According to Taxpayers Australia, account based pension statutory percentages are too high in an environment where deposit interest rates offered by financial institutions are giving SMSF trustees (and other retirees) minimal returns. Taxpayers Australia claims that when in pension mode, the drawdown amount can cause unnecessary restructuring of the SMSF investment strategy to ensure sufficient cash to make these payments.
“Our members are being forced to sell down capital assets such as real property and long-term share portfolios to make drawdowns that they don’t want or need to make”, said Moti Kshirsagar, CEO of Taxpayers Australia Ltd.
In order to maintain complying pension status, superannuants are required to draw down a minimum level of their account balance each year. These minimum levels are aged-based as follows:
- 75 to 79 years are required to drawdown 6% of their account balance,
- 80 to 84 years of age are required to drawdown 7%,
- 85 to 89 years are required to drawdown 9%,
- those over 90 years of age are required to drawdown 11%,
- those over 95 years of age are required to drawdown 14%.
“With small returns from less risky investments — that is, cash, term deposits and fixed interest, there isn’t enough income to fund these drawdowns.
“During the global financial crisis, from 2008 to 2011, the government reduced the pension drawdown percentage to half the current day amounts,” said Mr Kshirsagar. “With the official interest rate remaining at an all-time low, the time to act is now!”
The trend towards cash
According to Multiport, a provider of SMSF and managed account administration, reporting and compliance services, there was an SMSF trend during 2015 away from Australian equities and towards both managed funds and cash.
Multiport’s quarterly SMSF Investment Patterns Survey covers approximately 2,850 funds, a sample of the SMSFs Multiport administers and the investments they hold. The assets of the funds surveyed represent approximately $3 billion.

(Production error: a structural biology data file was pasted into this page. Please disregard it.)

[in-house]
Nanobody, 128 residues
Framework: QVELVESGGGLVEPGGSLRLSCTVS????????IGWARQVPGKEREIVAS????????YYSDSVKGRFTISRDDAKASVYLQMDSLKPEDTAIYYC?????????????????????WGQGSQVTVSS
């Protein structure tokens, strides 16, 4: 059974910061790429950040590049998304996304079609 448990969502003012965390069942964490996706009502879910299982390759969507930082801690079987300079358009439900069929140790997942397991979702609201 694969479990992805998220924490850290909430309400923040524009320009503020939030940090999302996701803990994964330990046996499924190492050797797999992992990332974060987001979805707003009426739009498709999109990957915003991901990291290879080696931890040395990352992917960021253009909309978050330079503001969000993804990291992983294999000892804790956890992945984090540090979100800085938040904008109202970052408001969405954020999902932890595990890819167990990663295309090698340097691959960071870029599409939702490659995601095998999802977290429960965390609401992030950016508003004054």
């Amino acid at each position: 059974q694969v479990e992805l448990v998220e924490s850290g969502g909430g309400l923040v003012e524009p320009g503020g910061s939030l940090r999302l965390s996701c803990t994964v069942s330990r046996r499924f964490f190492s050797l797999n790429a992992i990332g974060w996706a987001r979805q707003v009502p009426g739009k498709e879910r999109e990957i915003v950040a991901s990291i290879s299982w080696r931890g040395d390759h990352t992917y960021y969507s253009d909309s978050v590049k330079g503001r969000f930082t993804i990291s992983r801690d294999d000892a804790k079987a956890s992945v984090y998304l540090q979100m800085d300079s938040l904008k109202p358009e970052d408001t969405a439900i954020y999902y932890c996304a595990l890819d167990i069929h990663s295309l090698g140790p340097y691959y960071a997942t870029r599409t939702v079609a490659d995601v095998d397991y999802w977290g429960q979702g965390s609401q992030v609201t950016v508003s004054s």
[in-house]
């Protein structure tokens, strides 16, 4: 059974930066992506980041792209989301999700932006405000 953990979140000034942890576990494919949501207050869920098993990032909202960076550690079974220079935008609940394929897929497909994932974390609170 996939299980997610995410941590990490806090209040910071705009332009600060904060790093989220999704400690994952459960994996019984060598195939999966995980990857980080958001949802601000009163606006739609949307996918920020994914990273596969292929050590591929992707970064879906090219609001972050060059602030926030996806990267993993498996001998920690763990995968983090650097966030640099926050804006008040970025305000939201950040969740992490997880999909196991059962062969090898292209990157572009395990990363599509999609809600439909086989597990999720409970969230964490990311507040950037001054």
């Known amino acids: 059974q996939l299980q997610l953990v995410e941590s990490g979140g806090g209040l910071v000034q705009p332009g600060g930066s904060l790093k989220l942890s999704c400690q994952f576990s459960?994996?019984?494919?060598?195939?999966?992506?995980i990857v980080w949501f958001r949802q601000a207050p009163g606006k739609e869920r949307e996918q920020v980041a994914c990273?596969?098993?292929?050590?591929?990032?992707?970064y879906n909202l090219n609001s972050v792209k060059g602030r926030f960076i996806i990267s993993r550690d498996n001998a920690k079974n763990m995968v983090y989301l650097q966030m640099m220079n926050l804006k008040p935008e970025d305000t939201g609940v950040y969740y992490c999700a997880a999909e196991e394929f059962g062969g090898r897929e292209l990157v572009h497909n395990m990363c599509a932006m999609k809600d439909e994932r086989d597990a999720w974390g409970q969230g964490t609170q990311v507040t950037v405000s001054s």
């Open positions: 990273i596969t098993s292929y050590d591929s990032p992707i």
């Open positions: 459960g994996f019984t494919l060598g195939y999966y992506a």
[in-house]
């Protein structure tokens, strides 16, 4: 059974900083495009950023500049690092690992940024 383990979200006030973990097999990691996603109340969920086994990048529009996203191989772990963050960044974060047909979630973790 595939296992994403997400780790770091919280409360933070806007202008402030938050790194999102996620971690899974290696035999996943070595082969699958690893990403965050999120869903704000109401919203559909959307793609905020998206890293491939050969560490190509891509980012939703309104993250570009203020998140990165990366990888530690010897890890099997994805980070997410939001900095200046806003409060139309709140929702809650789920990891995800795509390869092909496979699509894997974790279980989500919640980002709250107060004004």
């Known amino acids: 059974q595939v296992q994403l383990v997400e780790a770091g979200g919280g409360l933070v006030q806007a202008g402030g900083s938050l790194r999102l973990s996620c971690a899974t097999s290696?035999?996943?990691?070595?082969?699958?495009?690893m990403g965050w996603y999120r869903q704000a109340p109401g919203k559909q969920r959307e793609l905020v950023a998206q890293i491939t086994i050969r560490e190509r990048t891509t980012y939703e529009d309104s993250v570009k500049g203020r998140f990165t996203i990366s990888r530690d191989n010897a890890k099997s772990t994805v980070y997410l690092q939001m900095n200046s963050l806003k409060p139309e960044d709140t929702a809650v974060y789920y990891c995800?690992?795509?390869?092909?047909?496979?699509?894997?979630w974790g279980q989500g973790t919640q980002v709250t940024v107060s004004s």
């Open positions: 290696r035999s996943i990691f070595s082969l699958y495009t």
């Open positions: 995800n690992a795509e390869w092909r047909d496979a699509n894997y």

In the December 2015 quarter, there was a significant move away from the S&P top 10 shares, which now represent 14.5 per cent of total fund assets, compared to 20 per cent in December 2014.
Multiport Head of Technical Services, Philip La Greca said trustees are searching for capital growth and yield outside well-known stocks.
“We’ve seen cash holdings increase over the last quarter following distributions from managed funds. While some of this cash has been re-invested in international equities and fixed interest, there were also a higher number of trustees increasing their cash reserves as a result of market volatility,” Mr La Greca said.
Where do SMSF Trustees invest their funds?
According to the most recent tax office SMSF quarterly report (to the end of December 2015), direct Australian shares, cash and term deposits, and non-residential real property are the three most common asset classes.
As an example, a “typical” SMSF with between $500,000 and $1,000,000 of funds under management has the following average asset allocation:
|Other managed investments||4.62%|
|Cash and term deposits||31.03%|
|Limited recourse borrowing arrangements||4.47%|
|Non-residential real property||9.69%|
|Residential real property||5.18%|
|Collectables and personal use assets||0.08%|
|Overseas non-residentialreal property||0.02%|
|Overseas residential real property||0.05%|
|Overseas managed investments||0.06%|
|Other overseas assets||0.30%|
Source: ATO SMSF Quarterly Statistics